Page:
Escaped New York prisoner fatally shot, other is on run

MALONE, New York
Published 28.06.2015 15:48
Updated 28.06.2015 15:51
New York State Police officers man a roadblock along Highway 30 as the manhunt for escaped convict David Sweat continues on June 27, 2015 near Malone, New York. (AFP Photo)
New York State Police officers man a roadblock along Highway 30 as the manhunt for escaped convict David Sweat continues on June 27, 2015 near Malone, New York. (AFP Photo)

The shooting death of one escaped killer brought new energy to the three-week hunt for his jailbreak partner as helicopters, search dogs and hundreds of law enforcement officers converged on a wooded area 30 miles (48 kilometers) from the upstate New York prison that once held them.

"Our preference would always be to capture them alive," New York State Police Superintendent Joseph D'Amico told a news conference as he announced late Friday the killing hours earlier of Richard Matt, one of the two killers who escaped from the maximum-security prison.

He credited a tip from the public, one of over 2,300 received so far, for crucial information leading to the deadly confrontation in the town of Malone.

The second inmate, David Sweat, has not been spotted since he escaped, though evidence was found a week ago indicating he was with Matt in a cabin that was burglarized about 3 miles (4.8 kilometers) from any paved roadway, the superintendent said.

The pair escaped from the Clinton Correctional Facility together early June 6 and Gov. Andrew Cuomo called them "dangerous, dangerous men."

Officers continued to focus Saturday on rugged terrain 30 miles (48 kilometers) west of the facility as they looked for Sweat. Police manned roadblocks in the neighboring towns of Malone and Duane as a helicopter buzzed over the woods.

Clinton County Sheriff David Favro said Saturday there is no evidence the two split up.

"Now it's a one-man show and it makes it more difficult for him," said Favro, whose officers are involved in the search. "And I'm sure fatigue is setting in for him as well, knowing the guy he was with has already been shot."

D'Amico said Matt was shot by a border patrol agent when he failed to comply with commands in the woods near a cabin where a shot had been fired earlier in the day at a camping trailer.

"They verbally challenged him, told him to put up his hands. And at that time, he was shot when he didn't comply," D'Amico said.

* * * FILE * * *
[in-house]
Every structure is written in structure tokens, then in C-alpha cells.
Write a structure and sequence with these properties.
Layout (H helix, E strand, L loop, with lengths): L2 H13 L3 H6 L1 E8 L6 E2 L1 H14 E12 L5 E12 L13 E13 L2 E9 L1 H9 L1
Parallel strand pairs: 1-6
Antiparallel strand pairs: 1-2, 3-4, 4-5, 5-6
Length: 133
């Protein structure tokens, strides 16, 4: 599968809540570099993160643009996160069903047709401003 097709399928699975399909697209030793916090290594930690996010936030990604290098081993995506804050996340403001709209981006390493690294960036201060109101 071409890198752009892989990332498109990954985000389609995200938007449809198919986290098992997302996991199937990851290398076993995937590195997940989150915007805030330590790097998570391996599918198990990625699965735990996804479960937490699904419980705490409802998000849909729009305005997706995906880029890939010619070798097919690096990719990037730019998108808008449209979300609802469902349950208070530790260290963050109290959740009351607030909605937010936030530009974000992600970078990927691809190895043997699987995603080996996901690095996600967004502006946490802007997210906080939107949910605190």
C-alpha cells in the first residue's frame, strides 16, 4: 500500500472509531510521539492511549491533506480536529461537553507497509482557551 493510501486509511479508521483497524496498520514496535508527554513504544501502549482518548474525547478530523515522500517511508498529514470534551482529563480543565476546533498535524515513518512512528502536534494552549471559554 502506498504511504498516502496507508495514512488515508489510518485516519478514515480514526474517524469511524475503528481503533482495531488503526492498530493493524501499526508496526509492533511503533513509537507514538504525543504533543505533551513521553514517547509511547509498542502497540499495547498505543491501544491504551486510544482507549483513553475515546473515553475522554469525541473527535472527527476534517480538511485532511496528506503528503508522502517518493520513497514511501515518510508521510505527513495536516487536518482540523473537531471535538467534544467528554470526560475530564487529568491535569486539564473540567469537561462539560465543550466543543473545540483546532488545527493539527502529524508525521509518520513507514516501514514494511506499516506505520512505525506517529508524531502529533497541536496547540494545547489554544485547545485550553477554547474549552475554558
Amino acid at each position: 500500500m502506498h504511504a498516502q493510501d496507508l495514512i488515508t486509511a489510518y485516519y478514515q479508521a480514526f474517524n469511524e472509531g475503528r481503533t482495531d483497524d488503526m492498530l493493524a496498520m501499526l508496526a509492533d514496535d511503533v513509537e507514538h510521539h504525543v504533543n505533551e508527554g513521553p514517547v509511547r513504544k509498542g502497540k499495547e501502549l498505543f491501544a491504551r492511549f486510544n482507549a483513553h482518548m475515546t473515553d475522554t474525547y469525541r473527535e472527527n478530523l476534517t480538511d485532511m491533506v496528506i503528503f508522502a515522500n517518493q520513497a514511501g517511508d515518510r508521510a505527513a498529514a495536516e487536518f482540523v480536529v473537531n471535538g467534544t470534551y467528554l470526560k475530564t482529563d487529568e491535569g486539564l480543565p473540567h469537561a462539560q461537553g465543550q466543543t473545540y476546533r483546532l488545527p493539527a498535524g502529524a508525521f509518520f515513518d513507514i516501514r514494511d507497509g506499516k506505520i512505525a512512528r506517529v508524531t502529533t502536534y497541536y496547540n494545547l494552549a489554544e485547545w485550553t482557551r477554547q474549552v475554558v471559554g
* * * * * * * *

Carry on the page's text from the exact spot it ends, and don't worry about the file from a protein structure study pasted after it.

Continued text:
An intense search of the area led to a discovery Friday morning of a camp where somebody apparently had laid down, leaving behind candy wrappers and other items, D'Amico said.

The breakthrough Friday came shortly before 2 p.m., when a person towing a camper heard a loud sound and thought a tire had blown. Finding the tires intact, the driver went another eight miles before looking at the trailer and finding a bullet hole.

Authorities converged on the location where the sound was heard and discovered the smell of gunfire inside a cabin, where a weapon had been fired. D'Amico said there also was evidence someone recently had fled out the back door.

"As we were doing the ground search in the area, there was movement detected by officers on the ground, what they believed to be coughs. So they knew that they were dealing with humans as opposed to wildlife," he said.

After Matt was killed, a 20-gauge shotgun that was believed to be missing from the cabin he broke into last weekend was recovered from his body, D'Amico said. Matt did not fire it at officers, he added.

Police blocked off roads as officers hunted for Sweat in an area around Titusville Mountain State Forest in Malone and spanning 22 square miles (57 square kilometers).

Mitch Johnson said one of his best friends checked on his hunting cabin in Malone Friday afternoon and called police after noticing the scent of grape flavored gin as soon as he stepped into his cabin and spotting the bottle that had gone untouched for years resting on a kitchen table.

Johnson said his friend, correction officer Bob Willett, told him he summoned police about an hour before Matt was fatally shot and then heard a flurry of gun blasts.

Matt and Sweat used power tools to saw through a steel cell wall and several steel steam pipes, bashed a hole through a 2-foot (60-centimeter)-thick brick wall, squirmed through pipes and emerged from a manhole outside the prison.

Authorities said the men had filled their beds in their adjacent cells with clothes to make it appear like they were sleeping when guards made overnight rounds.

Sweat, 35, was serving a sentence of life without parole in the killing of a sheriff's deputy in Broome County in 2002. Matt, 49, was serving 25 years to life for the killing and dismembering of his former boss.

Two prison workers have been charged in connection with the inmates' escape.

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